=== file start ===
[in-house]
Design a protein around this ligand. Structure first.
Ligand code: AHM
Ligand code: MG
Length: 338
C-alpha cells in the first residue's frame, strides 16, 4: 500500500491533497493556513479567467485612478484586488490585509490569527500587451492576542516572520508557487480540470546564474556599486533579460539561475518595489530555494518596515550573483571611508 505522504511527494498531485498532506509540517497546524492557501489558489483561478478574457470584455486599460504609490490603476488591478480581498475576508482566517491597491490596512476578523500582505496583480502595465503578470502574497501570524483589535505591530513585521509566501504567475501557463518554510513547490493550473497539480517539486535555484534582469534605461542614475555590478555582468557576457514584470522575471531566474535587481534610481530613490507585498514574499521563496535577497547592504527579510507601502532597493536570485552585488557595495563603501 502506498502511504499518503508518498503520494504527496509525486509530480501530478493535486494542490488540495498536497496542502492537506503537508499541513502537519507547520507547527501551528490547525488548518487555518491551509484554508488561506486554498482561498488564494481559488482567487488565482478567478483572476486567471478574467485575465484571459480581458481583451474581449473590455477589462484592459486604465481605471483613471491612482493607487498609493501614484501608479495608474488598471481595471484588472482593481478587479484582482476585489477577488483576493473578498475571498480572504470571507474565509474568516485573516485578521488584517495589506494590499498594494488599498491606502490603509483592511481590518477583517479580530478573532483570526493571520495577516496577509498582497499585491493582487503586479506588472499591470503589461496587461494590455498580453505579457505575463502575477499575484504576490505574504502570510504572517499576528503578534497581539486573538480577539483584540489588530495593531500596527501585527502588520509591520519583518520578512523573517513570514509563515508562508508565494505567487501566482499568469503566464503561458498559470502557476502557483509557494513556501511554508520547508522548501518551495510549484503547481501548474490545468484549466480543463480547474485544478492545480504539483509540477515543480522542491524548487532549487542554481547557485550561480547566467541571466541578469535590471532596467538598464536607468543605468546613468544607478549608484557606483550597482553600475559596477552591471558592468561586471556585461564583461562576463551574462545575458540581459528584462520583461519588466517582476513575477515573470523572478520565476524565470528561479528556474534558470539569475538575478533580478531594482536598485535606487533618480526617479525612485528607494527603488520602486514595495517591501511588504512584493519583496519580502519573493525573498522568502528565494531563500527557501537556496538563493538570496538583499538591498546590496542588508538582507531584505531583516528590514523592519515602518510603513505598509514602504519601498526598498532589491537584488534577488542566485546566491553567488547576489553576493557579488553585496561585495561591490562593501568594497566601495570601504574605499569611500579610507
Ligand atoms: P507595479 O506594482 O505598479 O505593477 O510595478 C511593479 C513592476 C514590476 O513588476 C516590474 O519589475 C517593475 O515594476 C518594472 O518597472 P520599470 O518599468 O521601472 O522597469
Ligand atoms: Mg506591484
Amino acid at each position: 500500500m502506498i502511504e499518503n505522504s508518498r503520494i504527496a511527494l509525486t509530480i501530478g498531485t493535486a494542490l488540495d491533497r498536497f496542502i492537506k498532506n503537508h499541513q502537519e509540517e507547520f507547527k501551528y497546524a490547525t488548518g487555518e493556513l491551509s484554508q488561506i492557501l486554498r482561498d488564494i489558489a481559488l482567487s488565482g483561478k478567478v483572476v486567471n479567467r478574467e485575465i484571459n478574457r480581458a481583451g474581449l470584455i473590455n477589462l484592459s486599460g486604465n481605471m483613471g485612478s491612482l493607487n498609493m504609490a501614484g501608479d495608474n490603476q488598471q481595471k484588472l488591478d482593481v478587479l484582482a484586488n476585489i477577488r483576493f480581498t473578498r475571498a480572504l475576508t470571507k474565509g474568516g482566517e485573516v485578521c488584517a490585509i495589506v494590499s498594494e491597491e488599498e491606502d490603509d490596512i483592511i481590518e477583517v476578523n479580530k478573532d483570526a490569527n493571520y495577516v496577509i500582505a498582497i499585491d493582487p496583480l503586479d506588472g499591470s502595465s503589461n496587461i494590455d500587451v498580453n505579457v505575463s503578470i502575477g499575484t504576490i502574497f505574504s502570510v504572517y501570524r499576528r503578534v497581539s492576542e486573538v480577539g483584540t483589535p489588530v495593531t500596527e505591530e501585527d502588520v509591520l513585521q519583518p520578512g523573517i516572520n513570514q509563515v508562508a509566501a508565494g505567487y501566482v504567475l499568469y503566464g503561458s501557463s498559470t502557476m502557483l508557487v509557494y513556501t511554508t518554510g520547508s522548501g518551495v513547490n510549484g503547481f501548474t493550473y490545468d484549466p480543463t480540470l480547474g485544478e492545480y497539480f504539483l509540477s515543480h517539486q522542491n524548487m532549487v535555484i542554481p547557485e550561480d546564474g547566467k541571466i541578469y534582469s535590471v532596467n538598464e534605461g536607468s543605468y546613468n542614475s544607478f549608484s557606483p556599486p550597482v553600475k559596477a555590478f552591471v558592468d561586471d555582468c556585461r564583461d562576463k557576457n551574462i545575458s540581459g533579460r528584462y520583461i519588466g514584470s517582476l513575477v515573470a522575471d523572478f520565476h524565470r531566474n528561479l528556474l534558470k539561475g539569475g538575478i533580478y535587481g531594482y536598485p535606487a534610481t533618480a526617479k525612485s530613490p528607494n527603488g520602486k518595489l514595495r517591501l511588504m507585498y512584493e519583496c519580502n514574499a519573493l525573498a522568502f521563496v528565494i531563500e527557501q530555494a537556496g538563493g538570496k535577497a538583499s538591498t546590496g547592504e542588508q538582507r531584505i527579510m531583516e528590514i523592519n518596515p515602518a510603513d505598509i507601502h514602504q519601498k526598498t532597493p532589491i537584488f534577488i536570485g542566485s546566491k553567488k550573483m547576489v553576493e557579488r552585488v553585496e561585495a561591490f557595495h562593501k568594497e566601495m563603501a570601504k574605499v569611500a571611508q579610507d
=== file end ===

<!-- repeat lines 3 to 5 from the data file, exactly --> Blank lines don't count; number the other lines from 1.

Ligand code: AHM
Ligand code: MG
Length: 338